At the ama-1 locus in P. falciparum, polymorphisms occur non-randomly along the coding region, and the highest polymorphism is found in the three ectodomains, especially in domain I [44]. Moreover, the number of nonsynonymous nucleotide substitutions per nonsynonymous site (d N ) exceeds that of synonymous nucleotide substitutions per synonymous site (d S ), providing evidence that positive Darwinian selection has acted at this locus [4]. Combined with the evidence of a high level of polymorphism at this locus, this result supports the hypothesis that balancing selection has acted to maintain polymorphisms at this locus [4]. It has been proposed that host immune system pressure is responsible for this selection [4]; and, consistent with this hypothesis, there is evidence that polymorphisms at this locus are responsible for evasion of host antibody-mediated inhibition in P. falciparum [45]. In P. vivax, d N has been found to exceed d S in partial ama-1 sequences [20], suggesting that this locus is subject to balancing selection in P. vivax as well.

Extensive data on ama-1 polymorphism in P. vivax (pvama-1) have been obtained from Asia, Oceania and Africa [20, 3133, 35, 36], but there is a relative lack of data from South America, including Brazil. The only sequence data from Brazil involves domain I of 20 isolates; 13 polymorphic sites and eight haplotypes were reported in three Brazilian states [34].

The intention of the present study was to characterize the worldwide genetic diversity of the polymorphic domain of pvama-1. In addition to published sequences from throughout the world, we obtained sequences from patients in different endemic areas in the Brazilian Amazon. By examining polymorphism at this locus in Brazil and comparing it to other populations throughout the world, we tested the hypothesis that the pattern of genetic diversity at pvama-1 reflects population history, in particular a reduction of the effective population size of P. vivax in the New World. Theoretically, it is expected that effective population size will be the major factor determining gene diversity even at a locus under balancing selection, if the mutation rate and selection coefficient are constant [57]. A more complete understanding of the parasite's history in the New World in turn has implications for the epidemiology and control of this parasite in Brazil, where it has become a major public health problem in recent years due to the rapid peopling of the Brazilian Amazon [4649].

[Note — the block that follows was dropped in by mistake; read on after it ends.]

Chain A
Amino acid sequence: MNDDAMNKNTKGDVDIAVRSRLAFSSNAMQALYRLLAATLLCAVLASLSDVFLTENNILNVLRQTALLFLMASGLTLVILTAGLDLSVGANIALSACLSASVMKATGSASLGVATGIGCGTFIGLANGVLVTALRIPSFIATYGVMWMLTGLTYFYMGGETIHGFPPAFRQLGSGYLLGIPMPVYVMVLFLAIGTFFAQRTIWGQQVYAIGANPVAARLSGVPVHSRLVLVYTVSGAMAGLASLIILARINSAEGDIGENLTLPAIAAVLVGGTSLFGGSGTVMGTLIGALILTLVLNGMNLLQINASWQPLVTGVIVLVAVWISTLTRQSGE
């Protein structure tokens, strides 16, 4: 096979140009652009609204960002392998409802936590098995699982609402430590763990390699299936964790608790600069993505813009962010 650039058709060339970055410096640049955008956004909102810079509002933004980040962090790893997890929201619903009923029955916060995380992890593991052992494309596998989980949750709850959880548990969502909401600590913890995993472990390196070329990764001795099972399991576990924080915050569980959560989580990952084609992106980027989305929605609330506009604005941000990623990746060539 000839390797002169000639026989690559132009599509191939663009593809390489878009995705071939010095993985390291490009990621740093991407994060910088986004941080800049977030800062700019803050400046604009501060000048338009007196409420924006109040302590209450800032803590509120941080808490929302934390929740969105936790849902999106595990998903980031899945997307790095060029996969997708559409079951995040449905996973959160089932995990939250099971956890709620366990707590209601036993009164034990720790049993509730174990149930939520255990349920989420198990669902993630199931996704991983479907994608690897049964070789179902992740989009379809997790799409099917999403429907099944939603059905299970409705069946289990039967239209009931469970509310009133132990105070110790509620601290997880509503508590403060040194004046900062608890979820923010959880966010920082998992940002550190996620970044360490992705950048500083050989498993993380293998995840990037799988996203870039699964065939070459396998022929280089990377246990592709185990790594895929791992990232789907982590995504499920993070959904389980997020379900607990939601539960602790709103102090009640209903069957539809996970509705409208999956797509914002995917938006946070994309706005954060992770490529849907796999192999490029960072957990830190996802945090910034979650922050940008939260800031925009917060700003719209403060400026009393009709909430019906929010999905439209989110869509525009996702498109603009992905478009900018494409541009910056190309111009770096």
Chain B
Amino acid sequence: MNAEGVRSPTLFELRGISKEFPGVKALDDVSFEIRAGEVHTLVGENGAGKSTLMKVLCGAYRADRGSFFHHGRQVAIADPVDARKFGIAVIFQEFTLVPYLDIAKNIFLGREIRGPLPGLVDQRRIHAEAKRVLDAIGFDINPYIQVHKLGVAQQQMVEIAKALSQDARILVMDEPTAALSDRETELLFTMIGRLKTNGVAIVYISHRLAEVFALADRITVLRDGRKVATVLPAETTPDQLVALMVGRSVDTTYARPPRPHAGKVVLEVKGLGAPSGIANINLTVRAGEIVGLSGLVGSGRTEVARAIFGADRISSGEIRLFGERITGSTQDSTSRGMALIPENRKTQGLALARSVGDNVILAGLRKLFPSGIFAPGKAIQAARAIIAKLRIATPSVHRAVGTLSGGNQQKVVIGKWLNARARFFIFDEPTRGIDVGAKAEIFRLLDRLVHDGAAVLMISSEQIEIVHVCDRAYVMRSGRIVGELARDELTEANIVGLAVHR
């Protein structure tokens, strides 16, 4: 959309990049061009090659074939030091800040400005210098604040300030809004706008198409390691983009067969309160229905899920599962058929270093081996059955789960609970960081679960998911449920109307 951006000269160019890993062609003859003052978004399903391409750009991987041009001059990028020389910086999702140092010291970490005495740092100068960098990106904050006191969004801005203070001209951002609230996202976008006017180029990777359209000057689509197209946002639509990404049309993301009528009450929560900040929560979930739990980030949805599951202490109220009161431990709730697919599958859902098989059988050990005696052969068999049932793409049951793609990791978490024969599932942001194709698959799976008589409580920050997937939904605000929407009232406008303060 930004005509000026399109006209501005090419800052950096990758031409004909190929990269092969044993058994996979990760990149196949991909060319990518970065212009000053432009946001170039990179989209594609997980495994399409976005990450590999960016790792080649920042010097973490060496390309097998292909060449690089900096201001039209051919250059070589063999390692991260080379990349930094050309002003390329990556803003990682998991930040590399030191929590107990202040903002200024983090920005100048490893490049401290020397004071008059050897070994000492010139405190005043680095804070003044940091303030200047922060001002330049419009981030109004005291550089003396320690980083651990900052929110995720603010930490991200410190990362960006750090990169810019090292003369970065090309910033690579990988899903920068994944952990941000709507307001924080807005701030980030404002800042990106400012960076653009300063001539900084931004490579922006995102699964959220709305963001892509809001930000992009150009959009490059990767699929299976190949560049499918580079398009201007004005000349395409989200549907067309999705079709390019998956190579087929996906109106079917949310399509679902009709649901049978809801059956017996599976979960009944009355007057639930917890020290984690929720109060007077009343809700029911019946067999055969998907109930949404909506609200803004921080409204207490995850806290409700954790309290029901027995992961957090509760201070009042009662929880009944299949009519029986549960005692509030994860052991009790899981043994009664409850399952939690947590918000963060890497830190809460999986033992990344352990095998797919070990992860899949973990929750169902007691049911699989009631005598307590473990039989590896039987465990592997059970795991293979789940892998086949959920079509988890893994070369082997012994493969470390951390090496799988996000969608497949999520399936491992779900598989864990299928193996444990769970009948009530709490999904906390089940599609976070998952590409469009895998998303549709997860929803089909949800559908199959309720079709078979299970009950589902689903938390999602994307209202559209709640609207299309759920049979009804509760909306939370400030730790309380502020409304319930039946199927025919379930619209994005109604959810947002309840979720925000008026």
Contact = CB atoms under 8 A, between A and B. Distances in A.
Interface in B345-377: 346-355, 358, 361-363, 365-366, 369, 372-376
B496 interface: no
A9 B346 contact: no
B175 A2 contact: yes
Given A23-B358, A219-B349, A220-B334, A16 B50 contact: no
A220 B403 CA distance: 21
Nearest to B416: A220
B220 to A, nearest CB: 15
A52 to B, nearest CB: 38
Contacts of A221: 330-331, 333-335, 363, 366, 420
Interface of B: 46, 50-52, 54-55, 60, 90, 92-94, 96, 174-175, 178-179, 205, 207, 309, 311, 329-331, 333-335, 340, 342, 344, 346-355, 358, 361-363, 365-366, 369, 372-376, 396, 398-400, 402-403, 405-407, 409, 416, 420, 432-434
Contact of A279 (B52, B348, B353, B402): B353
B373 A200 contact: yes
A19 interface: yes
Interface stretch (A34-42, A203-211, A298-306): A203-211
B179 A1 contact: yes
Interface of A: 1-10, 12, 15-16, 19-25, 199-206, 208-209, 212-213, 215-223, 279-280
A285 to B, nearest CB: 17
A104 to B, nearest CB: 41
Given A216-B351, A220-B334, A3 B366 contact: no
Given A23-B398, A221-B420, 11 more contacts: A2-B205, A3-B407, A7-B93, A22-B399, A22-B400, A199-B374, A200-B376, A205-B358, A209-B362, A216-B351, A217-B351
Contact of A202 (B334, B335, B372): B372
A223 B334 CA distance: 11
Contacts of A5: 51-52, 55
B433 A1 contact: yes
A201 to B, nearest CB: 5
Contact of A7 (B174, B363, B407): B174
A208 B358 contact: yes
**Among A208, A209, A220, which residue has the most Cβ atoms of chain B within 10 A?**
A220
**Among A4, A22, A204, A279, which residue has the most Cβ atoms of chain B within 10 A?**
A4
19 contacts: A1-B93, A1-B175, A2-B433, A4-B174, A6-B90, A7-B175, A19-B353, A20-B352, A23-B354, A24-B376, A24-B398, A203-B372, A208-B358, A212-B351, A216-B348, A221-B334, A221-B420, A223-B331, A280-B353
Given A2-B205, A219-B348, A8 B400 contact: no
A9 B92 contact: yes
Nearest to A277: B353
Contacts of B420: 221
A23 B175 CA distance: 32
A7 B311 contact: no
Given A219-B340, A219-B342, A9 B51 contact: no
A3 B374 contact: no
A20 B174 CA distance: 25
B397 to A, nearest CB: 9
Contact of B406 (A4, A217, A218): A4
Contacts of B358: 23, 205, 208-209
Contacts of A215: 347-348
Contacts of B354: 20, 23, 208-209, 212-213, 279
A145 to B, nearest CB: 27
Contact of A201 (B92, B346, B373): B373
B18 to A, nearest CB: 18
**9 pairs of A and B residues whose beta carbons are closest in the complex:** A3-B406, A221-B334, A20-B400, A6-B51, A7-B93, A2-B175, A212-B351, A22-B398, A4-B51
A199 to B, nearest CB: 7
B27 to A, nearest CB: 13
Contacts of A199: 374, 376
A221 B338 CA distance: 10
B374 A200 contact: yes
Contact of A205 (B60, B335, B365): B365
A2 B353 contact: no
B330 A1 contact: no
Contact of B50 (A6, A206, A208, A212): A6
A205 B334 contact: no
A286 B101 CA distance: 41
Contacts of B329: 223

We obtained 105 Brazilian pvama-1 sequences, covering bases 274–759 of the PH-84 isolate, corresponding to amino acids 92–253 (GenBank accession nos. EF031154 – EF031216 and EF057446 – EF057487 – see Additional file 1). The Brazilian isolates included 28 polymorphic nucleotide sites, leading to 26 amino acids replacements. Eight polymorphic sites were not previously described, including a synonymous substitution and seven non-synonymous substitutions (see Additional file 2). From 93 unique sequences, 27 haplotypes were identified (see Additional file 3). The nucleotide and haplotype diversities among Brazilian samples were 0.016620 ± 0.00073 and 0.91800 ± 0.00019, respectively.

A phylogenetic tree of Brazilian and worldwide sequences (Figure 1) showed no tendency toward geographic clustering of isolates. Rather, isolates from different parts of the world were found throughout the phylogenetic tree (Figure 1). The Brazilian sequences thus appeared to represent a sample from worldwide genetic diversity, rather than from any particular lineage of worldwide pvama-1 sequences.

Figure 1
figure 1

Phylogenetic tree of unique Brazilian and worldwide pvama-1 sequences. Green = South America; Red = Old Word. Numbers on the branches are percentages of bootstrap samples supporting the branch; only values ≥ 50% are shown.

In order to compare nucleotide diversity within geographic regions, we computed π, π S , and π N for all pairwise comparisons within Brazilian states and within and worldwide regions (Figure 2). Likewise, we computed mean d, d S , and d N for all pairwise comparisons between Brazilian states and between worldwide regions. In worldwide comparisons, mean π π S , and π N within regions were always significantly lower than the corresponding values of d, d S , and d N between region (Figure 2). By contrast, mean π, π S , and π N within Brazilian states were not significantly different from the corresponding values of d, d S , and d N between states (Figure 2). Thus, these results show that pvama-1 did not show the degree of sequence divergence among the Brazilian states that was seen among different regions in the world. Mean π, π S , and π N within Brazilian states were significantly lower than the corresponding values within world regions (Figure 2). Likewise mean d, d S , and d N between Brazilian states were significantly lower than corresponding values between world regions (Figure 2). These results show that sequence divergence in pvama-1 among states in Brazil was low than that in comparisons of different Old World populations.

Figure 2
figure 2